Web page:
Do Disability Benefits Include Medicare or Medicaid?

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Should you or a family member be awarded Social Security Disability Insurance (SSDI) or Supplemental Security Income (SSI), you will probably receive Medicare or Medicaid, respectively. It can take time, however, and in a handful of states, the approval of Medicaid programs requires filing a separate application.
In 1972, the US Federal government decided to move all “welfare” programs to state control. SSI is considered to be a welfare program since recipients (even though they must pass through an arduous application process) aren’t earning benefits based on job history. As a result of that decision nearly a half-century ago, getting Medicaid isn’t quick or automatic. In fact, SSI disability benefits do not guarantee Medicaid coverage in several states.
We wrote this article to help you make sense of the medical coverage you can receive, and the differences between human service agencies in the various states. Medicaid is state-run, so every state processes applications somewhat differently.
If you need a better understanding of Medicare vs. Medicaid before reading on, click to navigate to our resource. We’ve also covered how to apply for Medicare in great detail.

Can You Be Eligible For Medicaid or Medicare and Social Security Disability Benefits?

If you are approved for disability, it is crucial that you know whether you qualified under Title 2 (SSDI) or Title 16 (SSI). Do not make assumptions about which title qualifies you; if you have a disability attorney, ask. Just because you haven’t “worked much” doesn’t mean you don’t qualify under Title 2. By the same token, if you believe you have “plenty of assets” you may still qualify under Title 16.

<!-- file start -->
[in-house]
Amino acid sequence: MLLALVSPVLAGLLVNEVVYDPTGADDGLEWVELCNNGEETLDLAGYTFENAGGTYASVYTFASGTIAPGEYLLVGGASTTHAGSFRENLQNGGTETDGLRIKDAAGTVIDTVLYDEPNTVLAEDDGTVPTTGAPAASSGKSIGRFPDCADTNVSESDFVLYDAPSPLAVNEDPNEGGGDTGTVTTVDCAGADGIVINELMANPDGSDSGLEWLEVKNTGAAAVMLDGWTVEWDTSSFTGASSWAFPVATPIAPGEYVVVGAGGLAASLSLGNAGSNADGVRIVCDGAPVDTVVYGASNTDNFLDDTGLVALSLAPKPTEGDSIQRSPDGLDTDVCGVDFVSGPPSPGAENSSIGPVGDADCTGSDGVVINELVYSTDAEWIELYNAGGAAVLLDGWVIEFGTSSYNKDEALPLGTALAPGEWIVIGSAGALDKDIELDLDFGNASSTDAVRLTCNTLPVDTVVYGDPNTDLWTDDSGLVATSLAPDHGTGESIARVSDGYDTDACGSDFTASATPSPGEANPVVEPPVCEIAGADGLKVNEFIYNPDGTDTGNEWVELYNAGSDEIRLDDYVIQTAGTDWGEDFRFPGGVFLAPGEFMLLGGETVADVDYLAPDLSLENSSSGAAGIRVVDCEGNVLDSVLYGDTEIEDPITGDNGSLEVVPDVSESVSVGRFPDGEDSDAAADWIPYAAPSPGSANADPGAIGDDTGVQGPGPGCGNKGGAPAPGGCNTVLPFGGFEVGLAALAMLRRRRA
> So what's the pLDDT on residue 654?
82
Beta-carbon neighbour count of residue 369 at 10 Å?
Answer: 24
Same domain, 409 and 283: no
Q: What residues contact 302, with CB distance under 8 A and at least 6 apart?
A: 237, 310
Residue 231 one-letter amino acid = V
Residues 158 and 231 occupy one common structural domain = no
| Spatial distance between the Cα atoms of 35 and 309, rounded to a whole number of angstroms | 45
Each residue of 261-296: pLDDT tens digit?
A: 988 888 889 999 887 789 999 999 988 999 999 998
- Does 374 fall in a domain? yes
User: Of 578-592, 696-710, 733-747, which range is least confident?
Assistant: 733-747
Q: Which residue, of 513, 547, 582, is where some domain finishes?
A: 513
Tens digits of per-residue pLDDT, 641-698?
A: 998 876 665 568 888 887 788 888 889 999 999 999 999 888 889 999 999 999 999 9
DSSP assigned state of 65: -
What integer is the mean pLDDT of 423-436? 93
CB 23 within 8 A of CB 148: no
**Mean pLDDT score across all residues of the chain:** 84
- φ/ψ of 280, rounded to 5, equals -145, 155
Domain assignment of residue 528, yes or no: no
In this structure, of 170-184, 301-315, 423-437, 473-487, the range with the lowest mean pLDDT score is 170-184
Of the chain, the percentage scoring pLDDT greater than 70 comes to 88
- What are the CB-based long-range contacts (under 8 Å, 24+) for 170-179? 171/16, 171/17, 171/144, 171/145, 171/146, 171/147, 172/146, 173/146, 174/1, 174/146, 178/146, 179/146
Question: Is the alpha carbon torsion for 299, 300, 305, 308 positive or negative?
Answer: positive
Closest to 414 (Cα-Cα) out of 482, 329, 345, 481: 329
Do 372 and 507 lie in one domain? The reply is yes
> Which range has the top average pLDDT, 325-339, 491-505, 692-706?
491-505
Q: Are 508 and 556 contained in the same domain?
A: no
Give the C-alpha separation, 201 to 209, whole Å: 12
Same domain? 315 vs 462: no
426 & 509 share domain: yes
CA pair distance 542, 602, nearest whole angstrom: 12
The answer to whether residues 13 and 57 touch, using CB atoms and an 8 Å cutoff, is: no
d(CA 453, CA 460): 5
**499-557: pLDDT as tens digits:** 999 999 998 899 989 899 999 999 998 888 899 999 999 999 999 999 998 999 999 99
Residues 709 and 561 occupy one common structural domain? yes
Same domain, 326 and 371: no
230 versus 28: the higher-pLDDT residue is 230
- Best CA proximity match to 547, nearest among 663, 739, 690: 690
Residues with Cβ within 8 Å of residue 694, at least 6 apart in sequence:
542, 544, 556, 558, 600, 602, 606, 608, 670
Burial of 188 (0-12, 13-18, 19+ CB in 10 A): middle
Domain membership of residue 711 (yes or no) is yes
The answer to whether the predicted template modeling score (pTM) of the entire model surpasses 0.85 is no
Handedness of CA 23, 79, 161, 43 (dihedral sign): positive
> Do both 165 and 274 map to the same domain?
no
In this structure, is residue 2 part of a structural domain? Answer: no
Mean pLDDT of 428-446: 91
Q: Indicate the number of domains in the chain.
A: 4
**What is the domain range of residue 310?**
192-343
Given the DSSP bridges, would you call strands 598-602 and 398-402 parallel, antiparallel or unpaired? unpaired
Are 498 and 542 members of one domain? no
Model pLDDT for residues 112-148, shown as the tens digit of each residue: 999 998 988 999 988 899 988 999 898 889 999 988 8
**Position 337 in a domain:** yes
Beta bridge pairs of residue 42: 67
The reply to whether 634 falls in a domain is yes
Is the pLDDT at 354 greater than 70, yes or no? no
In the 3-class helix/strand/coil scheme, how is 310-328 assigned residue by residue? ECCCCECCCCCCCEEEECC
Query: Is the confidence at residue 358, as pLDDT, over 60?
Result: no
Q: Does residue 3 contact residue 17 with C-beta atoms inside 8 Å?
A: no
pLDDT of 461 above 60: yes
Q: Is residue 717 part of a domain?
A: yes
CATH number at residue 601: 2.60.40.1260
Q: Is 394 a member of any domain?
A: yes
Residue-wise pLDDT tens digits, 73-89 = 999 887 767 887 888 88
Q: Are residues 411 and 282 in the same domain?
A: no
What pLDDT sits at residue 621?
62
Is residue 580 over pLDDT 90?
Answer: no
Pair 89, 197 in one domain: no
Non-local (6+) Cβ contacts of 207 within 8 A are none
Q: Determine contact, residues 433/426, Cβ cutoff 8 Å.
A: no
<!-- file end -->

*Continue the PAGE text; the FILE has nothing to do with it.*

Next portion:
If you qualify under Title 2/SSDI, Medicare coverage becomes your new health insurance policy. As long as you receive SSDI, you have medical coverage.
If you qualify under Title 16/SSI, you are likely to receive Medicaid at the same time as your disability benefits are approved; your letter of approval will specify this. In other words, in most states, there is no waiting period or additional application for the SSI program to begin and you can begin paying medical bills and medical expenses from that date.
Some individuals qualify under both Title 2 and Title 16. For this to occur, the general rule is that you must have some work history (defined as a history of “substantial gainful employment”) and currently meet the SSA definition of “asset limits.” In other words, you have to have very little income, property, or means of support.